This study was approved by the Ethics Committee of Isfahan University of Medical Sciences (approval code: IR.MUI.REC.1398.385) and all methods were performed in accordance with the relevant guidelines and regulations.


Participants were fifteen ST drivers and 24 students, parents, and school staff. ST drivers were ten males and five females with a mean age of 45 ± 10.2 years and a mean work experience of 6 ± 2.96 years. Other participants were eleven students, ten parents, and three school staff (eleven males and thirteen females) with a mean age of 28.62 ± 16.08 years. Table 1 shows participants’ characteristics.

Table 1 Participants’ characteristics

Data analysis revealed that five main categories of factors can affect ST drivers’ HRBs. These five categories were previous experiences of HRBs, perceived gains and risks of HRBs, motivating and inhibiting feelings and emotions, positive and negative subjective norms, and perceived mastery in driving. The final pattern in the data revealed that each of these factors was a spectrum with facilitators at one end and barriers at the other end (Table 2).

Table 2 Facilitators and barriers to HRBs

Theme 1: previous experiences of HRBs

Participants’ experiences showed that previous experiences of HRBs can act on a spectrum as both facilitators and barriers to HRBs among ST drivers. The direct or indirect experiences of HRBs without any adverse consequence at one end of the spectrum were a facilitator to HRBs, while the direct or indirect experiences of HRBs with adverse consequences were a barrier to HRBs among ST drivers.

Subthem1: experiences of HRBs without any adverse consequence: a facilitator to HRBs

Some participants reported that their direct experiences of HRBs with no adverse consequence for themselves and others were a facilitator to their HRBs.

“I have picked up four students on the back seat so far and haven’t experienced any problem. Previously, my car had no seat belt and nothing occurred for my passengers. Therefore, I don’t insist that students should fasten seat belt” [male ST driver, P1]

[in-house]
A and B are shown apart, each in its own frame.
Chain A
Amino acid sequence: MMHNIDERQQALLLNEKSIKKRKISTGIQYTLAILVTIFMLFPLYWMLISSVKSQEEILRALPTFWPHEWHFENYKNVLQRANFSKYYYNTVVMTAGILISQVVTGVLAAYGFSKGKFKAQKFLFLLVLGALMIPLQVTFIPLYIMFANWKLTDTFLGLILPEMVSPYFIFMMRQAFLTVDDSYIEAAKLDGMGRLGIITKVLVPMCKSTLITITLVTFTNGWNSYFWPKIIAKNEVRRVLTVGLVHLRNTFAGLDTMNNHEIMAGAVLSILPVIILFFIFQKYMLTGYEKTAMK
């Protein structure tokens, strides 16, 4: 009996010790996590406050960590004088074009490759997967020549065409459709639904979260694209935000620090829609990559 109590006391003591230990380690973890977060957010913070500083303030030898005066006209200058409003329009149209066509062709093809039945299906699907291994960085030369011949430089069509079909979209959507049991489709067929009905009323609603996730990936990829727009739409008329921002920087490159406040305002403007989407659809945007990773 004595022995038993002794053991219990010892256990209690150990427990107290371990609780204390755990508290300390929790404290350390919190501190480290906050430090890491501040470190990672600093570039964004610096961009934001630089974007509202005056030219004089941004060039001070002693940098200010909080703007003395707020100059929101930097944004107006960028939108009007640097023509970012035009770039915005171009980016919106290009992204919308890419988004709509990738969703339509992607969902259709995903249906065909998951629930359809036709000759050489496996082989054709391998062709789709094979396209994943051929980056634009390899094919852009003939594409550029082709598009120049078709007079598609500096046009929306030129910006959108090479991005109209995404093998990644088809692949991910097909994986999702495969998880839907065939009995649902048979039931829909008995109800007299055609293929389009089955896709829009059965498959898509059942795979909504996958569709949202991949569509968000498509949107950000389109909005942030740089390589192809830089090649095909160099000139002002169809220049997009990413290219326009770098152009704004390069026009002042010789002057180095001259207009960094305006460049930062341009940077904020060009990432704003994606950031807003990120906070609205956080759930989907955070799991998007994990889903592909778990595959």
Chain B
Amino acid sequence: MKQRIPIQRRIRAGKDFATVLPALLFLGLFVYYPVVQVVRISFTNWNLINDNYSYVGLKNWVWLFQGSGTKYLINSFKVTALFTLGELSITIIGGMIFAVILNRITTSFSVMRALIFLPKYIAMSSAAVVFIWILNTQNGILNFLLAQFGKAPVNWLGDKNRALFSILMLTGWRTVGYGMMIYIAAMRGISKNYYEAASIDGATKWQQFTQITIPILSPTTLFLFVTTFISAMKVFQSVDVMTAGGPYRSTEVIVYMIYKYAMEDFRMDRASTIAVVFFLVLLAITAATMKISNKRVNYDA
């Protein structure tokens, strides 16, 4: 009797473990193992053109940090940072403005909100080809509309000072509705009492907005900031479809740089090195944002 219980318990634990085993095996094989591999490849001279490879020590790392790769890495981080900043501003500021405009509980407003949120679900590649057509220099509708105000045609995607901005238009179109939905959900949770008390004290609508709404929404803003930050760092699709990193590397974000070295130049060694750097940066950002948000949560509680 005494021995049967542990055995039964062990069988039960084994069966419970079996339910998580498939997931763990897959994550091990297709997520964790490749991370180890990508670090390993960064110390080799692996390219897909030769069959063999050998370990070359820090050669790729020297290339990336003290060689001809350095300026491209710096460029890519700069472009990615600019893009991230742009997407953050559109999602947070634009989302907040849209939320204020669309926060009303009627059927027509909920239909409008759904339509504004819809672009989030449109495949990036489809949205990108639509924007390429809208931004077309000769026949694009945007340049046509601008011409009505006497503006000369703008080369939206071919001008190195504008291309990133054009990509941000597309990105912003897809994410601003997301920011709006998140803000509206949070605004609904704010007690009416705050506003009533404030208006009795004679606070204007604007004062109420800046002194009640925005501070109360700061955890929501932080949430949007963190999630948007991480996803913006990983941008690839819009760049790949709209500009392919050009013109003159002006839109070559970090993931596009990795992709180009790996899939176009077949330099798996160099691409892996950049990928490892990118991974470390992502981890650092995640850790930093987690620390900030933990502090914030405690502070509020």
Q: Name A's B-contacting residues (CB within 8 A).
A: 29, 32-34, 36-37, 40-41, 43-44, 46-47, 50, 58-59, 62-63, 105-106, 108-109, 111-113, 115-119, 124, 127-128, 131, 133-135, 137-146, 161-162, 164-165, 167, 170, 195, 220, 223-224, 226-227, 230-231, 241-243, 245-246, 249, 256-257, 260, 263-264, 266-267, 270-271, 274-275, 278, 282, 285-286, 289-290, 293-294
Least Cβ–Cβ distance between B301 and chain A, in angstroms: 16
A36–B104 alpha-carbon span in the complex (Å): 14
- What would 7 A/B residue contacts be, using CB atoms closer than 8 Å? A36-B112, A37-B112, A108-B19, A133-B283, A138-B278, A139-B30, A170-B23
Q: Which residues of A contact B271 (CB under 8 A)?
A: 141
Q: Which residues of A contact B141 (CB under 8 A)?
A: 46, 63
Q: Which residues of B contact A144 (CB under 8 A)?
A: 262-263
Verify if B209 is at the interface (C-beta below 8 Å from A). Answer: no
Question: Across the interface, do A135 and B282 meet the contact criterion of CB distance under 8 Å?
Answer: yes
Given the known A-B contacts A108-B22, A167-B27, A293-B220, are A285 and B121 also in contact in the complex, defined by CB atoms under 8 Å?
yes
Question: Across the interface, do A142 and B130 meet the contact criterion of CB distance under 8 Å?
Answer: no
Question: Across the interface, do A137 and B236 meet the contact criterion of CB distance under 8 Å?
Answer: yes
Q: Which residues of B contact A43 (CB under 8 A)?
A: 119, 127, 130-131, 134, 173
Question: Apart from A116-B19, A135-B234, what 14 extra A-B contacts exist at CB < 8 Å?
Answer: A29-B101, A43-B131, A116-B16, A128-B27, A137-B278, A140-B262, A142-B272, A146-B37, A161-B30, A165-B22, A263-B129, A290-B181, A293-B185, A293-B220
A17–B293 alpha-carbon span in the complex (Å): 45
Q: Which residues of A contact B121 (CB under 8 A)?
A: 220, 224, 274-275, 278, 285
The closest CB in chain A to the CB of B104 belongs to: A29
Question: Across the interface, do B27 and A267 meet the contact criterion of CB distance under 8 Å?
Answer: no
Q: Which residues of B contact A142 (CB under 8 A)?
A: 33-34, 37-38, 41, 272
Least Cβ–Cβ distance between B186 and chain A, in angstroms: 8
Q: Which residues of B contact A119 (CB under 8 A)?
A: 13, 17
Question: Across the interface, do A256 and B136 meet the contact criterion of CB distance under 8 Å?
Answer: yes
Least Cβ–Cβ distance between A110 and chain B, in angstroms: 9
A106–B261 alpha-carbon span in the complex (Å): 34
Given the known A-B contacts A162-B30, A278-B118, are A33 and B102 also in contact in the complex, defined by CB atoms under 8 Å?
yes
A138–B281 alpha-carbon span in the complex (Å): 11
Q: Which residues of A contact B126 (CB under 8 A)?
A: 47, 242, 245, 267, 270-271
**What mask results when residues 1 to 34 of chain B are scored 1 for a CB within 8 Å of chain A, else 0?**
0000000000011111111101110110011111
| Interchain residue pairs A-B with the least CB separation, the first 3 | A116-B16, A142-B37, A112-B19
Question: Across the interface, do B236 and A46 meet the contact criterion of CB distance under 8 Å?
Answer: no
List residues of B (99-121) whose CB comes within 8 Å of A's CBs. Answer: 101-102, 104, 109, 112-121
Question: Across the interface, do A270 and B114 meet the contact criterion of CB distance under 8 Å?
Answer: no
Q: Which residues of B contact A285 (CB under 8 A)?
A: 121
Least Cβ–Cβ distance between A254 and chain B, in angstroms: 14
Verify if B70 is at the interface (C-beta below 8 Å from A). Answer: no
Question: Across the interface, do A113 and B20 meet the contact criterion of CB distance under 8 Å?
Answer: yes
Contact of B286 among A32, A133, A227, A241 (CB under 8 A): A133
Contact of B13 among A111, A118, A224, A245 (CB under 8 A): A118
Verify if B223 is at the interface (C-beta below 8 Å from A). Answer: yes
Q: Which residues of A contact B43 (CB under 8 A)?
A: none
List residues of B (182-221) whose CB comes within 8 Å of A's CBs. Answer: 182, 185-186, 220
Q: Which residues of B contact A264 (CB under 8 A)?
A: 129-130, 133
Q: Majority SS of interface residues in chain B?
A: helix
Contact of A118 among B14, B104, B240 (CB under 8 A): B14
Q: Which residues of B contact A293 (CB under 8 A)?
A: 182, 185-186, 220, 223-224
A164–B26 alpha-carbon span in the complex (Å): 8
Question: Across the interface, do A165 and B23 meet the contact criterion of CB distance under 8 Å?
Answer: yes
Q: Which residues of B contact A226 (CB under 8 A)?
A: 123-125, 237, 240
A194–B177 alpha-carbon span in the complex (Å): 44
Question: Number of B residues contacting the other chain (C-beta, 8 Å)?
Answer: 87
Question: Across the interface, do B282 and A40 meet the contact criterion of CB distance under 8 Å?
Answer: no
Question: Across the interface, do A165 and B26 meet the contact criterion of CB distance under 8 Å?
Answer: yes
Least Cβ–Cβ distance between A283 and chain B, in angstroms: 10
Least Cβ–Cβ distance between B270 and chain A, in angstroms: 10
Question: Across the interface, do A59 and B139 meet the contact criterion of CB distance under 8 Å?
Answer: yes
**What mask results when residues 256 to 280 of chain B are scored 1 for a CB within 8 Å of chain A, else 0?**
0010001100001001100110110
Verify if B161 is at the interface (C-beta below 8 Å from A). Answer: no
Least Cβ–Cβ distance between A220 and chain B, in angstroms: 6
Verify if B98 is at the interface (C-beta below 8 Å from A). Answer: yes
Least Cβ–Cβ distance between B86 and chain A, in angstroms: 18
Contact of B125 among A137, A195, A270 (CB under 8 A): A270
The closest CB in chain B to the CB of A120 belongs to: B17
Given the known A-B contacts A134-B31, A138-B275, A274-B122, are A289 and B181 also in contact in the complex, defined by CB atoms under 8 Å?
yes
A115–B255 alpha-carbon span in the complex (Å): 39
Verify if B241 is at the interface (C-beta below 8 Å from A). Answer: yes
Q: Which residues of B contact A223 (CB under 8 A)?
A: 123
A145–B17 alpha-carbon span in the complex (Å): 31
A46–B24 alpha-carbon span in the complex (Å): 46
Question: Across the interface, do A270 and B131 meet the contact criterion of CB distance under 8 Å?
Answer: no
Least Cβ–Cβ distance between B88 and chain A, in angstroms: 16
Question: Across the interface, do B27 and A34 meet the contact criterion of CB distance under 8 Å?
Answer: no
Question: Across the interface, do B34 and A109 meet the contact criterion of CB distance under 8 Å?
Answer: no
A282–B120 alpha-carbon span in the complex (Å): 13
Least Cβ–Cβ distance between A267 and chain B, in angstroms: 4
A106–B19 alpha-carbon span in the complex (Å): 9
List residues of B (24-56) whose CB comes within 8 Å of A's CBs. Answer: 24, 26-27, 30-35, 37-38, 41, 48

Some participating ST drivers also reported that they engaged in HRBs due to witnessing or hearing about the HRBs of their colleagues which had had no adverse consequences.

“My colleagues always drive the wrong way in this one-way street and have never experienced any problem. I also learned to do so and haven’t experienced any problem so far” [male ST driver, P5]

“Most of the times, I used to go inside the alley, ring the doorbell of students’ homes, and delivered students to their parents. However, my colleagues said that they didn’t do so and hence, I changed my habit. Now, I drop off students and leave there” [male ST driver, P1]

Subthem2: experiences of HRBs with adverse consequences: a barrier to HRBs

Some participating ST drivers highlighted that direct or indirect experiences of HRBs with adverse consequences prevented them from re-engagement in such behaviors.

“I never pick up extra passengers because sometimes I received heavy penalties or lost my concentration during driving. Last year, I had seven students in my car. They had so serious conflicts with each other that I couldn’t control them” [male ST driver, P3]

“One time, the driver sharply braked and I hit to the front seat by the nose and experienced nosebleed. Since then, the driver first gets ensured that all of us have fastened seat belt and then, starts driving” [female student, P22]

Some participating ST drivers also referred to the adverse consequences of their colleagues’ HRBs as a barrier to their HRBs.

“I saw that the student got out of the car and closed the door while one end of his bag was still in the car. The driver drove without noticing this and pulled the student with himself several meters. Thereafter, I always get out of the car and deliver students to their parents and leave” [male ST driver, P6]

Theme 2: perceived gains and risks of HRBs